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Examine All the Gear - Friendly Racing

starting, boats, sails and ropes

EXAMINE ALL THE GEAR - FRIENDLY RACING Examine all the the boat's gear yourself, and trust to nobody, before starting for a race ; see that there are no sprung sailing thwarts, or masts, or yards, no rotten ropes, half straightened hooks, ripped sails, or anything else which is at all likely to fail you during the race, remembering that very often an extra strain is put upon gear when racing, and that ropes and spars, which previously showed no signs of weakness, may have their backs broken by the last straw, and " give out " at the critical moment, which is a great sell to say The least of it, and although it is sometimes unavoidable, still it is always worth while to take every precaution : do not however follow a practice which is very common, and which is worse if possible than starting with worn out gear, and that is to reeve a lot of brand new ropes just on the eve of starting. if you do so without having had them previously stretched, and the turns taken out of them, and given them a little work, they are extremely likely to " kink " and " jam " in the blocks, and to sell you just at the critical moment, when your men are anxious and excited, and you want everything to go particularly smooth and easy. Never get excited yourself, and never lose your temper with the men, even if things do go a little bit wrong sometimes, it is not the best way of curing matters ; blunders committed whilst racing are generally caused by excessive zeal, and are worthy of commendation and not abuse, which always makes things worse : above all things keep_ your head even if you cannot keep your temper, look where you are going to, and don't run into your friends, or the mark boats, reserve ramming tactics for the enemies of your country, when you command an ironclad ; a foul during a race is always unsatisfactory, even if you are on the right tack it is better to go round, or to give way, than to have a collision, as the other boat may be erring from ignorance, and although he would be disqualified by his error, that would be very little satisfaction to you, if he also placed you hors-de-combat, by carrying away your mast or splitting your sails, or doing you some other damage which spoilt your chance of winning.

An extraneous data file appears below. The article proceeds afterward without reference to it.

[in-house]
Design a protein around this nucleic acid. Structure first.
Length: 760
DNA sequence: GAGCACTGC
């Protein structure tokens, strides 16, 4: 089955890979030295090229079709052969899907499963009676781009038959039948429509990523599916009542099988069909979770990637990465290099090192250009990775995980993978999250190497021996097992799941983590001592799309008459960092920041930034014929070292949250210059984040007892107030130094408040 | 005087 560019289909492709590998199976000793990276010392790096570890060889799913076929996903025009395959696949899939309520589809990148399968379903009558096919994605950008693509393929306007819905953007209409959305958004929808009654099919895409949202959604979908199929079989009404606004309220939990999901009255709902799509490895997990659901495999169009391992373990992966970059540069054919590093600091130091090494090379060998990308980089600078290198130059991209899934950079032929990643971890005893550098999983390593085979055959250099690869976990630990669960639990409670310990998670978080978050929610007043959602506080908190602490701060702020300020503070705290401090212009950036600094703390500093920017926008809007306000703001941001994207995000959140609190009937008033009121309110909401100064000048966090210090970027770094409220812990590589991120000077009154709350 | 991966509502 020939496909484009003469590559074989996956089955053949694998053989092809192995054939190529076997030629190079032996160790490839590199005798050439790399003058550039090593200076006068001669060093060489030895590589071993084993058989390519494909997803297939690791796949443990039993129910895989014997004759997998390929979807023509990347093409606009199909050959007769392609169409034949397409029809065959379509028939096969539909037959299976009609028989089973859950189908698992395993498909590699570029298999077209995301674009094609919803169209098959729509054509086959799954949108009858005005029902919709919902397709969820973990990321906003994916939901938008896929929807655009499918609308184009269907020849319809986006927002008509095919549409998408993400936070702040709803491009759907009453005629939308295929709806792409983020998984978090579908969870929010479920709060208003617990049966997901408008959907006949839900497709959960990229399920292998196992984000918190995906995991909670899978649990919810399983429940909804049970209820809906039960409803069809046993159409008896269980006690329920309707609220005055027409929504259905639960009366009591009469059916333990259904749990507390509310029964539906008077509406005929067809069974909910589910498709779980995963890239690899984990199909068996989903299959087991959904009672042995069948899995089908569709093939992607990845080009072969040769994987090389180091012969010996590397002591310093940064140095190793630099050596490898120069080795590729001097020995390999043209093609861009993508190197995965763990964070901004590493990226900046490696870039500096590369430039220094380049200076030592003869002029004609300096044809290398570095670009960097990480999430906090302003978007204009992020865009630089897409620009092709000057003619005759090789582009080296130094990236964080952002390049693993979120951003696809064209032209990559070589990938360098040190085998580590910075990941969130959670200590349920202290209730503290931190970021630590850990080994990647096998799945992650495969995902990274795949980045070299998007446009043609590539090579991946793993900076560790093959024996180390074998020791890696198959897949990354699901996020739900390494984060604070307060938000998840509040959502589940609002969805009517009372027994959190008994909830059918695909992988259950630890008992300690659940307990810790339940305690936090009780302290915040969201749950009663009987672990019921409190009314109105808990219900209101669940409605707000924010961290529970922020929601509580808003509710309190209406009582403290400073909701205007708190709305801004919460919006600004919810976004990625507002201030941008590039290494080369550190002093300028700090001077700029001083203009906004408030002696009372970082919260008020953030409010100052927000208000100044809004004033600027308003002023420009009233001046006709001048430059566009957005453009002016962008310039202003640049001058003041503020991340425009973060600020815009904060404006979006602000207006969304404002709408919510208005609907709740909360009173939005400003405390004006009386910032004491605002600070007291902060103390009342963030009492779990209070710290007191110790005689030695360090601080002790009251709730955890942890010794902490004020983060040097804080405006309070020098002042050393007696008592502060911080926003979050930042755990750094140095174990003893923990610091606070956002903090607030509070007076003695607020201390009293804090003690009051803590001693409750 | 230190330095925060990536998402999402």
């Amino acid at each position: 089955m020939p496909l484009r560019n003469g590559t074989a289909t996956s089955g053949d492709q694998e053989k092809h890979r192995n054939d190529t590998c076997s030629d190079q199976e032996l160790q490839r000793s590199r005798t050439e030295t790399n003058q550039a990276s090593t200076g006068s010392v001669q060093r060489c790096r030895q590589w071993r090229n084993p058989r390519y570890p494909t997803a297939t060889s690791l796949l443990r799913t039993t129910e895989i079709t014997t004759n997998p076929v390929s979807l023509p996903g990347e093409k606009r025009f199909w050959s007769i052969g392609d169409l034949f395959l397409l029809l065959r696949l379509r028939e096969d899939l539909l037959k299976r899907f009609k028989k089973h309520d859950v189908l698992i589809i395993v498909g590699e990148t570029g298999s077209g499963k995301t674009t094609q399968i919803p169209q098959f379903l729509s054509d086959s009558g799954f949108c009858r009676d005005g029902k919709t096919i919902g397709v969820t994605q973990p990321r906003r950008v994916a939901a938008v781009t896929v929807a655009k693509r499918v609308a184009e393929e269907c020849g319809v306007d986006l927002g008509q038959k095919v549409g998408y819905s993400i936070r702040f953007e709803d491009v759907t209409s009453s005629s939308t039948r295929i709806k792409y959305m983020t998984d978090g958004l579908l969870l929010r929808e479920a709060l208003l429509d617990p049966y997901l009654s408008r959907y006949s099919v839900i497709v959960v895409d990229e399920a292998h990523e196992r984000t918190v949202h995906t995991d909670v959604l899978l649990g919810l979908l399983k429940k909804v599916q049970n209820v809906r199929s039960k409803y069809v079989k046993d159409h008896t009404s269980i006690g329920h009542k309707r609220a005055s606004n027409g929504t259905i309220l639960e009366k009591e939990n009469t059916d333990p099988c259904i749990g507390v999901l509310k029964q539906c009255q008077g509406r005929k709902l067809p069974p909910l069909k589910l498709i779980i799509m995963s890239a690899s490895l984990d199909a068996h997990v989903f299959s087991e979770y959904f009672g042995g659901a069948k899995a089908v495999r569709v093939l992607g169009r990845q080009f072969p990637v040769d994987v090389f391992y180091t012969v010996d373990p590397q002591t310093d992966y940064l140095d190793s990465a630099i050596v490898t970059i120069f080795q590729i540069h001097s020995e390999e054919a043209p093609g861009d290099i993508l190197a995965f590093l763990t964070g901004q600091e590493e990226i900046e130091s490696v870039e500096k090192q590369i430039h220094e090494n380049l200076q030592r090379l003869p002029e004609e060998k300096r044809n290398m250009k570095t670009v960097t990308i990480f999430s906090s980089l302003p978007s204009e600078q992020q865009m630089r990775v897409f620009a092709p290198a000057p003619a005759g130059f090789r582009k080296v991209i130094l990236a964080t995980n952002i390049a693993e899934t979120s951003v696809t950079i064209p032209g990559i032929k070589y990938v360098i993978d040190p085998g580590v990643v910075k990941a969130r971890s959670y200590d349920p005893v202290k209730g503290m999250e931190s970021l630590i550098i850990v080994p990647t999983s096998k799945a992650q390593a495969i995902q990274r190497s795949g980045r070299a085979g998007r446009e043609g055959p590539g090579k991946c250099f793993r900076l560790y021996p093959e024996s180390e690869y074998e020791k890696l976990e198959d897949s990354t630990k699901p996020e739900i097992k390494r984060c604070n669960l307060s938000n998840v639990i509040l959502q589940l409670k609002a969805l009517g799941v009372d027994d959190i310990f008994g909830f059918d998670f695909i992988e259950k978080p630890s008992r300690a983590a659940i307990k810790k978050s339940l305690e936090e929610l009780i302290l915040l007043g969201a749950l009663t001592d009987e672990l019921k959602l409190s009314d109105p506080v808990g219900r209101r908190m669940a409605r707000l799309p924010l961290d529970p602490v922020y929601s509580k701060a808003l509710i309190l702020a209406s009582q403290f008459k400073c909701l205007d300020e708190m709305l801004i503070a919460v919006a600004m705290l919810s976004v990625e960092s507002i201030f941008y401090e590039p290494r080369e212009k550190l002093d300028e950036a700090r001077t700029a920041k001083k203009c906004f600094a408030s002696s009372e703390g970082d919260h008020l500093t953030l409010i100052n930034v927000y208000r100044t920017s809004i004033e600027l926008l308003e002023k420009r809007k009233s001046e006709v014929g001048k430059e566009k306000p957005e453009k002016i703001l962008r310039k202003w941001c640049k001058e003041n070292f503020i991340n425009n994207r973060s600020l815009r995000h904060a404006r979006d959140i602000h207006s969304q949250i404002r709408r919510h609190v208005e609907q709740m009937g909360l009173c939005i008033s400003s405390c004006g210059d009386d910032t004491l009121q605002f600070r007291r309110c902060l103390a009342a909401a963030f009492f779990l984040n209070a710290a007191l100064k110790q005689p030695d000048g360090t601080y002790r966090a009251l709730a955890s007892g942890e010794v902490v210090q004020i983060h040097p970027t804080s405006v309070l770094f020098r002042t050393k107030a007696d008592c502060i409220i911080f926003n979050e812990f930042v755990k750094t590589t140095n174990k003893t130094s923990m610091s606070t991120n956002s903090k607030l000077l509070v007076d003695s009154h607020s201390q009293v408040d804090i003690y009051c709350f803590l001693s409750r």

Let us now suppose all the boats have arrived at the starting post, and are moored by their sterns to a hawser with their sails down ; this is the usual way of starting boats, and it is the fairest whenever practicable, and the longer the first run to leeward is, the better, as it gives the boats a chance of getting clear of each other and prevents a crowd at the first mark boat, where there is so often a general fouling match, through each boat trying to cut his neighbour out round the mark.